It’s a sight all too common at Brandeis sporting events: empty bleachers on the Brandeis side while the opposing team’s fans are often out in full support. It could be disheartening, but Vince Lauffer ’19 hopes to change that.
Humor and the Holocaust are two things many would never expect to see go hand in hand. The genocide committed by the Nazi regime resulted in the deaths of an estimated 11 million people. To most, this wouldn’t elicit comedy. Last Friday, the lecture “Jewish Humor and the Holocaust” challenged this.
“How the hell did we get here? I’m sure Lenny Bruce would have something to say. The only problem is that if he said it back at the time he was alive, it would have landed him in court or in jail,” Arnie Reisman said after considering the current state of American politics. Reisman spoke at the dinner which concluded day one of “Comedy and the Constitution: the Legacy of Lenny Bruce.” He graduated from Brandeis in 1964 and has worked as a playwright, screenwriter, documentarian and activist. On Thursday night, he introduced Lewis Black (pictured left), renowned comedian, to the crowded Faculty Club.
Under the display labeled “Family” in the Brandeis University Archives, an abundance of black and white family photos gaze up at the viewer. In some of the photos, Kitty Bruce, daughter of Lenny Bruce, is only a toddler. “I am extremely relieved and very proud that the archives have found a home at Brandeis,” Kitty Bruce wrote in an email interview with the Justice. She hopes that scholars, fans, students, lawmakers and educators from all over the world will utilize the archives to learn from the extensive achievements Lenny Bruce accomplished in his lifetime. One of the most important legacies Lenny Bruce leaves behind is, of course, his fight for First Amendment rights.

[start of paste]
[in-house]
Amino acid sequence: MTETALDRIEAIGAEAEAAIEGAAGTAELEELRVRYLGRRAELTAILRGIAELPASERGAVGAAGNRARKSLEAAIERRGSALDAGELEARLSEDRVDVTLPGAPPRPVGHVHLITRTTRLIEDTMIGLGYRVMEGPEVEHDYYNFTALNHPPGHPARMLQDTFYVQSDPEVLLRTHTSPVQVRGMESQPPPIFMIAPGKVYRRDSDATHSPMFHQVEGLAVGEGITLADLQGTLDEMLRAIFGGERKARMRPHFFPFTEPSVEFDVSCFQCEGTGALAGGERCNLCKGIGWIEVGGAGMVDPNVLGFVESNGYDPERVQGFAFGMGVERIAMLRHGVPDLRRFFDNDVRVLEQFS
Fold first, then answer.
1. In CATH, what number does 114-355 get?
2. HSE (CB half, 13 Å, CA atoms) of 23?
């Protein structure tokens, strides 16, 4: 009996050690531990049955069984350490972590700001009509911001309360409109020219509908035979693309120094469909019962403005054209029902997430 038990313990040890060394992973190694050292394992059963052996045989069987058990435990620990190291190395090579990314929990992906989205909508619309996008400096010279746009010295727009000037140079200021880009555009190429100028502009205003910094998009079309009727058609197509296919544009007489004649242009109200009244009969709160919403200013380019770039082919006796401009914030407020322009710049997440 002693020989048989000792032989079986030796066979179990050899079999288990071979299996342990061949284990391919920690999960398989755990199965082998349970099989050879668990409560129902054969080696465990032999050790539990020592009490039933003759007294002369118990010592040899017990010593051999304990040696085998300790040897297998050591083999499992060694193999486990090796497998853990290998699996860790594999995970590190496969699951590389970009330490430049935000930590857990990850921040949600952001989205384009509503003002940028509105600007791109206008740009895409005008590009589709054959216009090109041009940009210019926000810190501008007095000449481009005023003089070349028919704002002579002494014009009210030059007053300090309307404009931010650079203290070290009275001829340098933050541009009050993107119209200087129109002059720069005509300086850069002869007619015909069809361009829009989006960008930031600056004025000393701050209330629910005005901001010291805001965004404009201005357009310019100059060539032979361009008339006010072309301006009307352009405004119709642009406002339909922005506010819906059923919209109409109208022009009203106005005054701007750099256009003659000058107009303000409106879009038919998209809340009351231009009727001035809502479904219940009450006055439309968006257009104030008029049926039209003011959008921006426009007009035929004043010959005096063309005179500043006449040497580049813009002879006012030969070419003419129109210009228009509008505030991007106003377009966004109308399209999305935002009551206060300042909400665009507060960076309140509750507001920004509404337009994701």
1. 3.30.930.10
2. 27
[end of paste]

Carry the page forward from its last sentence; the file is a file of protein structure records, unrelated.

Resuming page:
“I’ve decided that I’m completely corrupt,” reads the start of a letter tucked inside the Farber University Archives. It continues, “My whole set, my economic success, is wholly dependent upon the existence of segregation, violence, crime and other odious counterparts.” The letter, addressed to music critic Ralph Gleason, was written by comedian Lenny Bruce. It identifies an interesting paradox in Bruce’s life, one of many harsh realities that contrasted a life filled with humor.
According to the NASA website, “The universe is a big, big place.” The sun, our nearest star, is 93 million miles away, and the next closest galaxy to the Milky Way is 2.5 million light years away. Yet each week, the Astronomy Club makes the universe seem a whole lot closer.
14 students, four comedians, approximately 70 audience members and a professor walk into a bar. Such was the case Tuesday night in Cholmondeley's Coffee House at 8 p.m. The students of the course Writing for Television were tasked by their professor, Prof. Marc Weinberg (ENG), to write jokes for several local comedians. The jokes were then performed in an hour-long comedy show hosted by Will Smalley, a Boston Comedy Festival Finalist.
When Rosemarie Garland-Thomson ’93 Ph.D. first came to Brandeis, she had a variety of identities. Mother, wife and English teacher were among them. Yet she avoided thinking of herself as disabled, despite being born with a congenital difference. One of Garland-Thomson’s arms is shorter than the other, and she has a total of six fingers.
Alongside her role as a professor at Brandeis for the course Latinos in the United States, Prof. Madeleine Lopez (HIST) also encourages learning about different cultures at the Intercultural Center as its new director. Home to 16 student organizations and the Gender and Sexuality Center, the ICC will celebrate its 25th anniversary this upcoming spring.